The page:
Still, Viens’ cultured oysters are not the norm. At this point, most of Charles Island Oyster Farm’s product and the great majority of oysters that go to market are “wild” oysters. Charles Island’s wild oysters come from seed that the crew obtains from natural beds and transplants to their lot, 28 acres in the Long Island Sound. There, the wild seed collects on the ocean floor and grows alongside the cultured oysters, many of them in cages.
To get a better sense of this process, responsible for the majority of oyster production on the East Coast, I join a Charles Island harvesting crew early one morning. We leave from a marina in Milford, Connecticut on a former lobstering boat named The Mohawk. The crane-like contraption affixed to the front of the boat is a dredge—the piece of equipment that most producers in Connecticut use to harvest oysters. The dredge has teeth that get just under the surface of the ocean floor, pushing down against it and scraping along its top layer.
I spend most of my time in the tiny cabin at the back of the boat, watching the proceedings from the relative comfort of the captain’s swiveling chair. The captain of the boat is Joe Kowalsky, a young but seasoned oyster boat captain who Charles Viens describes as his right-hand man. In a royal blue Charles Island Oyster Farm T-shirt, Joe stands before the cabin window with an e-cigarette in one hand and the steering wheel in the other. A plaque on the door to the cabin proclaims “When everything else fails, try doing what the Captain suggested.” Another one near my elbow is engraved with “The Captain is always right.”
When we arrive at the lot leased to Charles Island Oyster Farm, near the tiny, uninhabited, eponymous island, Joe picks a spot using the boat’s GPS. We circle for hours as the dredge enters the water, scoops up a heap of oysters, and deposits the pile on the table. The deckhands get to work chipping clusters apart and sorting the individual oysters by size, wearing protective all-weather gear and thick rubber gloves. Despite the gloves’ bulk, the deckhands easily go through two pairs a week due to the oysters’ sharp edges.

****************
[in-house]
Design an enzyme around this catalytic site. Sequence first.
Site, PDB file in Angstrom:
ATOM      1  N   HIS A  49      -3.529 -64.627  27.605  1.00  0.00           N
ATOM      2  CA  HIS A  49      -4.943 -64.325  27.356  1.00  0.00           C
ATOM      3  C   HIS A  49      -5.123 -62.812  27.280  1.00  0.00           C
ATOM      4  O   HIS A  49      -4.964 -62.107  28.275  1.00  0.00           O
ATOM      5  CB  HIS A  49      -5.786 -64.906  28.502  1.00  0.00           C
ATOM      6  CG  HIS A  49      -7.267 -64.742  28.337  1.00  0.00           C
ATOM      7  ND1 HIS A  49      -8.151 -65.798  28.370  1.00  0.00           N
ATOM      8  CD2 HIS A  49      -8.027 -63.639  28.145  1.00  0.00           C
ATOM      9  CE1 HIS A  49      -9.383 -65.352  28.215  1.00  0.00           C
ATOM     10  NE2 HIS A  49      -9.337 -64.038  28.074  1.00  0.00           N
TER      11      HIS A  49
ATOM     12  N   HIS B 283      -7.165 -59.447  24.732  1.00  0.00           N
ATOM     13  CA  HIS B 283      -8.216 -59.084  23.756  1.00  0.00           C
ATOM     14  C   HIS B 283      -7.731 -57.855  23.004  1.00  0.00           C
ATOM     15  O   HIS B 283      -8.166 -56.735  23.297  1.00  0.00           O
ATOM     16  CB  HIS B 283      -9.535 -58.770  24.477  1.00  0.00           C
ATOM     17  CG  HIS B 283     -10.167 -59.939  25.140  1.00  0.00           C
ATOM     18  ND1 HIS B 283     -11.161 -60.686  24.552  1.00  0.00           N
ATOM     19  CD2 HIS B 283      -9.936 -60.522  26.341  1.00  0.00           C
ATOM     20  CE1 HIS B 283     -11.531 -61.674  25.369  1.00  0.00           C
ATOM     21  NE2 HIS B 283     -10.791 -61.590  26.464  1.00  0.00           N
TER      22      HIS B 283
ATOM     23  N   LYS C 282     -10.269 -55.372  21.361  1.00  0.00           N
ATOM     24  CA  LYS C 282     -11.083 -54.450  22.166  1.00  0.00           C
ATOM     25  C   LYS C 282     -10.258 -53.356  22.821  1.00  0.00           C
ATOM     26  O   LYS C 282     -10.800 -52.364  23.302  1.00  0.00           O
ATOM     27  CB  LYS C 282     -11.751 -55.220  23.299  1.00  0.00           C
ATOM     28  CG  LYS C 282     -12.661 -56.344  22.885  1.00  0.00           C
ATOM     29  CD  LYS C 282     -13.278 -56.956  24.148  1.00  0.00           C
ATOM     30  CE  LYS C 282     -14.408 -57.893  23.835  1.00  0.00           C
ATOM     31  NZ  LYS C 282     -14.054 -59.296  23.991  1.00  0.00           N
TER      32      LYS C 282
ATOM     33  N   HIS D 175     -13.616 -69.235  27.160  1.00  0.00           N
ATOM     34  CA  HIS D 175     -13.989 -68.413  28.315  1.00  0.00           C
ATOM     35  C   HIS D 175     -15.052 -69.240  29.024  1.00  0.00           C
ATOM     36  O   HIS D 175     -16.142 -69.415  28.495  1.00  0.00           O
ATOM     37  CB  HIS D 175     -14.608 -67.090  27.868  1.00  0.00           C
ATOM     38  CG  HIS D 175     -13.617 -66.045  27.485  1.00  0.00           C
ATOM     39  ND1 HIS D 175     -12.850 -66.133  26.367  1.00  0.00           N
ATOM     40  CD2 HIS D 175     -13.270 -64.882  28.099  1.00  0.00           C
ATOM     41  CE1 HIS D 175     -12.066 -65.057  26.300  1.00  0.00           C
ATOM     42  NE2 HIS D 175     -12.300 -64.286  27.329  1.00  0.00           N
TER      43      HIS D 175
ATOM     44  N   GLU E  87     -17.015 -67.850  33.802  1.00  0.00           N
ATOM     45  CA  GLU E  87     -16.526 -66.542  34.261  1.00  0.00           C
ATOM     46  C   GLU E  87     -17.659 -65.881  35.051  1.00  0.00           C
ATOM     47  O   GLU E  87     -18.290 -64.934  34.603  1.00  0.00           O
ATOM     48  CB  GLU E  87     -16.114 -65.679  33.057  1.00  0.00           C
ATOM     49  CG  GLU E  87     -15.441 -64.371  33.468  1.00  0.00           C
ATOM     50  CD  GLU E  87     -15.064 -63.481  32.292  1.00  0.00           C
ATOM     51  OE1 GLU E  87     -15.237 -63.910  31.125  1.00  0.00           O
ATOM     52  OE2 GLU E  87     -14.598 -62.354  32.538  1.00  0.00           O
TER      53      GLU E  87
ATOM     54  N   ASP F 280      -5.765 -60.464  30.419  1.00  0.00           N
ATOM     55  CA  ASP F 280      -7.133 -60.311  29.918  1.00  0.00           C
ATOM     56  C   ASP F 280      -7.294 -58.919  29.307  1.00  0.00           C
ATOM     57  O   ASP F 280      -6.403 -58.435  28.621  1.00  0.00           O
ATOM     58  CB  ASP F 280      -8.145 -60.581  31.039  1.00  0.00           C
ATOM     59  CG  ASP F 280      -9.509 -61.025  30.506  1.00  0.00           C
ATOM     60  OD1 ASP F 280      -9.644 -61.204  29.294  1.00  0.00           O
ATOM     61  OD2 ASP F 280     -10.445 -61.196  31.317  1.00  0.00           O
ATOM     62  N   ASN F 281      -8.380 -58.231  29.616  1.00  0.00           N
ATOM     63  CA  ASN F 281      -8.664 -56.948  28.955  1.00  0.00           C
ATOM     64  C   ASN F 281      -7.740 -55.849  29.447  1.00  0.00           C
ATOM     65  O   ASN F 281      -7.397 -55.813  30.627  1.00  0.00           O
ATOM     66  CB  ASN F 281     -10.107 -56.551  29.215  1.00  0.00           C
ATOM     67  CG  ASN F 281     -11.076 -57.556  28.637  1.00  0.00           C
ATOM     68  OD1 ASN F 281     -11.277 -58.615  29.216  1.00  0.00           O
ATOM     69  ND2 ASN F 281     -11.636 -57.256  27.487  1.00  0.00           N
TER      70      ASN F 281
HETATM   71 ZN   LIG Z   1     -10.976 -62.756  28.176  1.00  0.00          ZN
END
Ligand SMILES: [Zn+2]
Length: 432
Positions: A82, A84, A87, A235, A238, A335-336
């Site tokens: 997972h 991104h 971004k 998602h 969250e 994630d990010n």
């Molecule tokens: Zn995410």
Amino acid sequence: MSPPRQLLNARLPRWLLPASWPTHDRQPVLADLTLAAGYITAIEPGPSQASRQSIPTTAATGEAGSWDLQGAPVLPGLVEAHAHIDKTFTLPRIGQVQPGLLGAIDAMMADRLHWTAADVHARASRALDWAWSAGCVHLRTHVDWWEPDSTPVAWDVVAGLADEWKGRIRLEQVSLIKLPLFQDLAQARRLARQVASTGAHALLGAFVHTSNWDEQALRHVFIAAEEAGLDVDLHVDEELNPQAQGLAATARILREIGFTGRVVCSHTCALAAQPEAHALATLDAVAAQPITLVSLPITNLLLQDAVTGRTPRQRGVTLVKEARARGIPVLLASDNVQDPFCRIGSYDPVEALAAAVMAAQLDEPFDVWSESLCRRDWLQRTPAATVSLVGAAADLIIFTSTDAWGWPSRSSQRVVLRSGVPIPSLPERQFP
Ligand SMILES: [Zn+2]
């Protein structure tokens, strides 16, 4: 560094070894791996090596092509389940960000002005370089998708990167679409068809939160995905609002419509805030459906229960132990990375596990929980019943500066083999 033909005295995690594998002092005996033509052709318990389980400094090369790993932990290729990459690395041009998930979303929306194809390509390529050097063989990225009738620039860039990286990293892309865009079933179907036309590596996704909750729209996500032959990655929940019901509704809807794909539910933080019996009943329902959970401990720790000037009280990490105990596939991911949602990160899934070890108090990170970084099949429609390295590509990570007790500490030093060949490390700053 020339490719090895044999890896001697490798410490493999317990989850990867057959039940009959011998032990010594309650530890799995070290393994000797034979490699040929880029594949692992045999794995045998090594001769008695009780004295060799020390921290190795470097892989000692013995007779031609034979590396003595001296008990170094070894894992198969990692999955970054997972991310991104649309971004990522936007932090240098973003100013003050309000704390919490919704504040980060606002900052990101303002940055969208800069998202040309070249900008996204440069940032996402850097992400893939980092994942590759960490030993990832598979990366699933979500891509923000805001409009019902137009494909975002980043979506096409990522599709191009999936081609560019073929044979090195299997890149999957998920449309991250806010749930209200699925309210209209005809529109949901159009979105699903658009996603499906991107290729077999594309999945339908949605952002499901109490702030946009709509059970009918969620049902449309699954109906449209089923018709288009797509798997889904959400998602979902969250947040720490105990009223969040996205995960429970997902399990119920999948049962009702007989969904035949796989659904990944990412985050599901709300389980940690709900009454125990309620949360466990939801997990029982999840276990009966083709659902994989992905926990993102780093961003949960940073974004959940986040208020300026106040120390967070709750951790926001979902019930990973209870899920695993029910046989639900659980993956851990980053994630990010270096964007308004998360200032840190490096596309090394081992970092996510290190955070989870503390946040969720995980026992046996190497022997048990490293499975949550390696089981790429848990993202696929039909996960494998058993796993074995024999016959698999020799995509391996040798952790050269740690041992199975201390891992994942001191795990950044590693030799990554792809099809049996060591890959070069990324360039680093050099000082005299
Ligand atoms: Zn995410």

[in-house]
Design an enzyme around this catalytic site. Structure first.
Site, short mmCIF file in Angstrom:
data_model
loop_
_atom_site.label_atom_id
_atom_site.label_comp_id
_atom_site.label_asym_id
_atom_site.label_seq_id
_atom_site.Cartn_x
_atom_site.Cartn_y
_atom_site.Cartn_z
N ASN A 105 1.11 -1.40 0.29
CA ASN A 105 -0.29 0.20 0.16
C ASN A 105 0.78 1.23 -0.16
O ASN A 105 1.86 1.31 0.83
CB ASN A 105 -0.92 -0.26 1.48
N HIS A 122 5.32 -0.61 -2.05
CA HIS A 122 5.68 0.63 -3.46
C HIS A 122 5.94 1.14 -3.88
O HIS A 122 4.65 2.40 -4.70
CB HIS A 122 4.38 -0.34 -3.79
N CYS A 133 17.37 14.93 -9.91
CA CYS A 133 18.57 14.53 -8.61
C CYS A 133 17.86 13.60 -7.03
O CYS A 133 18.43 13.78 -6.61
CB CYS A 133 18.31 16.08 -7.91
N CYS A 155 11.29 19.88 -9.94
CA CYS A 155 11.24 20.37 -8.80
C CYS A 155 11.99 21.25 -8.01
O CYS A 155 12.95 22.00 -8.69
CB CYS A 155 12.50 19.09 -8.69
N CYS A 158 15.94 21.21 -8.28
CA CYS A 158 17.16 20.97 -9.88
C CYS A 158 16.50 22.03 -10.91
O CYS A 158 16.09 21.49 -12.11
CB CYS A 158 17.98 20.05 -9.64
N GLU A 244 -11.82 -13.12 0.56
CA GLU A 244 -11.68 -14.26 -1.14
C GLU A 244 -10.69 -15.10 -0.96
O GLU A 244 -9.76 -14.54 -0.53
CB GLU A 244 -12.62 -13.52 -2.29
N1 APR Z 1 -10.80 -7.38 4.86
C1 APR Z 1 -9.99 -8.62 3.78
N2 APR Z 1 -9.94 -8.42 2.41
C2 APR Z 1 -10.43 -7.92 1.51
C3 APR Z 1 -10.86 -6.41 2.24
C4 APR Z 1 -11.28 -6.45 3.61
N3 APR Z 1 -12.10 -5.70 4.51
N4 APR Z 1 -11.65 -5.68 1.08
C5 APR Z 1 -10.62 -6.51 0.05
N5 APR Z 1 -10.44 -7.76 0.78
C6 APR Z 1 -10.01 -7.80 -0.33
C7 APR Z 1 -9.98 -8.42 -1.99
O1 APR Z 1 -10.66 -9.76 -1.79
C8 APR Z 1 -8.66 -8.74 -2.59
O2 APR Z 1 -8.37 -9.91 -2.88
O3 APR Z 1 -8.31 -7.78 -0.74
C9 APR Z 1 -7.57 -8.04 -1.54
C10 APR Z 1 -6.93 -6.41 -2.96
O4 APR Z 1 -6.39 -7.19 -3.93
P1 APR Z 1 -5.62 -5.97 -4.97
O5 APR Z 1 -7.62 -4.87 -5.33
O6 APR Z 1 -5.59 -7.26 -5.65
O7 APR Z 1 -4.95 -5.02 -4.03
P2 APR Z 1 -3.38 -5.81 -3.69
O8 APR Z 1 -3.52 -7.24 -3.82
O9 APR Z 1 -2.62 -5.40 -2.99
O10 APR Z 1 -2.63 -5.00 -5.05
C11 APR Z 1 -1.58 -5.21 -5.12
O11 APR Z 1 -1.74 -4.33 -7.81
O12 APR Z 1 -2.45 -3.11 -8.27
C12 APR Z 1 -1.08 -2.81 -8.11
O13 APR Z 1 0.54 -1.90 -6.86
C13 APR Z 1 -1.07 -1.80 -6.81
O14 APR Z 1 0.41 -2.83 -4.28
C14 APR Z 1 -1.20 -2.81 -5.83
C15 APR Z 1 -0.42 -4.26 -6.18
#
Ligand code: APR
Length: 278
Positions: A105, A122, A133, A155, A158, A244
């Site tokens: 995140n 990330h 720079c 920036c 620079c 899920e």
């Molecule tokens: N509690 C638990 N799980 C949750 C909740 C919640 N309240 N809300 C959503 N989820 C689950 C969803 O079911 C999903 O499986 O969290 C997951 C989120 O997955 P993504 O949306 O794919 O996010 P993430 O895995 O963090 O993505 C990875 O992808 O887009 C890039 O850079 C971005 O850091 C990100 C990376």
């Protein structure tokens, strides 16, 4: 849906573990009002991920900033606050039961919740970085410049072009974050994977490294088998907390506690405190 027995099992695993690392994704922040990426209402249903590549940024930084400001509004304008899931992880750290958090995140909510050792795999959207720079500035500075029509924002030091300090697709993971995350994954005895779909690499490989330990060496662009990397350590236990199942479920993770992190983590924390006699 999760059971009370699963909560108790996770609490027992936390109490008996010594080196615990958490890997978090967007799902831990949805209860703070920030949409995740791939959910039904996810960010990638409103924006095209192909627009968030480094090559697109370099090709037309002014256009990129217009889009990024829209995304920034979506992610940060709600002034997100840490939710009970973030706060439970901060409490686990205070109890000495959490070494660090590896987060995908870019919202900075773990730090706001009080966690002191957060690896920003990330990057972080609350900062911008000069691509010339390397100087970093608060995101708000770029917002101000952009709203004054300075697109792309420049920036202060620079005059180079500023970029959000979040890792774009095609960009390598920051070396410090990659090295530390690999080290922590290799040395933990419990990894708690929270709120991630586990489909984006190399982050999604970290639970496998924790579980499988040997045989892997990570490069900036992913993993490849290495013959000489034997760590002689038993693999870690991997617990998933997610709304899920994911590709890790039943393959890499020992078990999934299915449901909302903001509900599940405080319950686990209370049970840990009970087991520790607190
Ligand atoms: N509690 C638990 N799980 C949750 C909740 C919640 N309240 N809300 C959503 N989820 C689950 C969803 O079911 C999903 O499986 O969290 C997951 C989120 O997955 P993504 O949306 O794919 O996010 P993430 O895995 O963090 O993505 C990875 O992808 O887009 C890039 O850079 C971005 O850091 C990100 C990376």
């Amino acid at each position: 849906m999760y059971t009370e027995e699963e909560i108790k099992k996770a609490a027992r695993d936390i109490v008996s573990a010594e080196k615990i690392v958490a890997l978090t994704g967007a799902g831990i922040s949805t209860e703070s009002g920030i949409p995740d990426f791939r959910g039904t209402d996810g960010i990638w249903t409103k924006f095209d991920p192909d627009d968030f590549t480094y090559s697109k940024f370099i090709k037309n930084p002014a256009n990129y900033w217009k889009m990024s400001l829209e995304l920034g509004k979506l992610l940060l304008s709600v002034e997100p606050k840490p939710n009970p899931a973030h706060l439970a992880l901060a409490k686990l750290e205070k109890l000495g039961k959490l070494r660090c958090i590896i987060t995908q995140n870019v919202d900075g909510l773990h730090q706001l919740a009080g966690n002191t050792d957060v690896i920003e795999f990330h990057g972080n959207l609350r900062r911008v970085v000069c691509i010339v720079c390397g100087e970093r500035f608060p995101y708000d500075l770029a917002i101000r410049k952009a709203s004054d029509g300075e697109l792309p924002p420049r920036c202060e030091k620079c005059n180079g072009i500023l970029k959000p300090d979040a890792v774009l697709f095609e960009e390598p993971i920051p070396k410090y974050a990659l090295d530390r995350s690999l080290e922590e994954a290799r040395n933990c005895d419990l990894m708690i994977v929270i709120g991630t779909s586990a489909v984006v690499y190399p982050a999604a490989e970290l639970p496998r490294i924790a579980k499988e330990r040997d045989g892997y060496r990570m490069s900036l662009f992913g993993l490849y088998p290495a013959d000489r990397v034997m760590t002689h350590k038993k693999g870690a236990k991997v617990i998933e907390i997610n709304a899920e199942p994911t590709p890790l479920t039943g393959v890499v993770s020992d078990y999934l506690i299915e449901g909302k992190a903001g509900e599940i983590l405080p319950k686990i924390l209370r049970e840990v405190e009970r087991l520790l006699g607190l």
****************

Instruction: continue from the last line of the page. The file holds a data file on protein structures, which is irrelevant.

While they work, Joe delivers a crash-course on the Connecticut oyster industry.
“Wild oysters are not a nice, peaceful farm. It’s like the Wild West, with guys stealing from each other,” he declares. I look around, doubtful. The Mohawk is bobbing on fairly calm waters, all other boats just an afterthought on the horizon. Even the beach cottages on the shore are closer to us; it is exactly the sort of place I would describe as a nice, peaceful ocean farm.
That’s because we’re not on the public beds, Joe informs me. We are on private land—the Charles Island Oyster Farm lot—and the wild oysters being harvested right now were taken from public land and deposited here, out of reach of any other oyster harvesters. The public oyster beds, like those in the nearby Housatonic river, are owned by the state, which regulates when they are opened or closed for harvesting. The bed on the Housatonic, one of the biggest oyster beds in the area, has been closed for a year and is set to reopen the weekend after my trip to the Charles Island site.
Joe is obviously frustrated by the closure, which can interfere with oyster harvesting. He joined the shellfish commission in Stratford, Connecticut, which has jurisdiction over the Housatonic river, to become more involved in the regulatory process.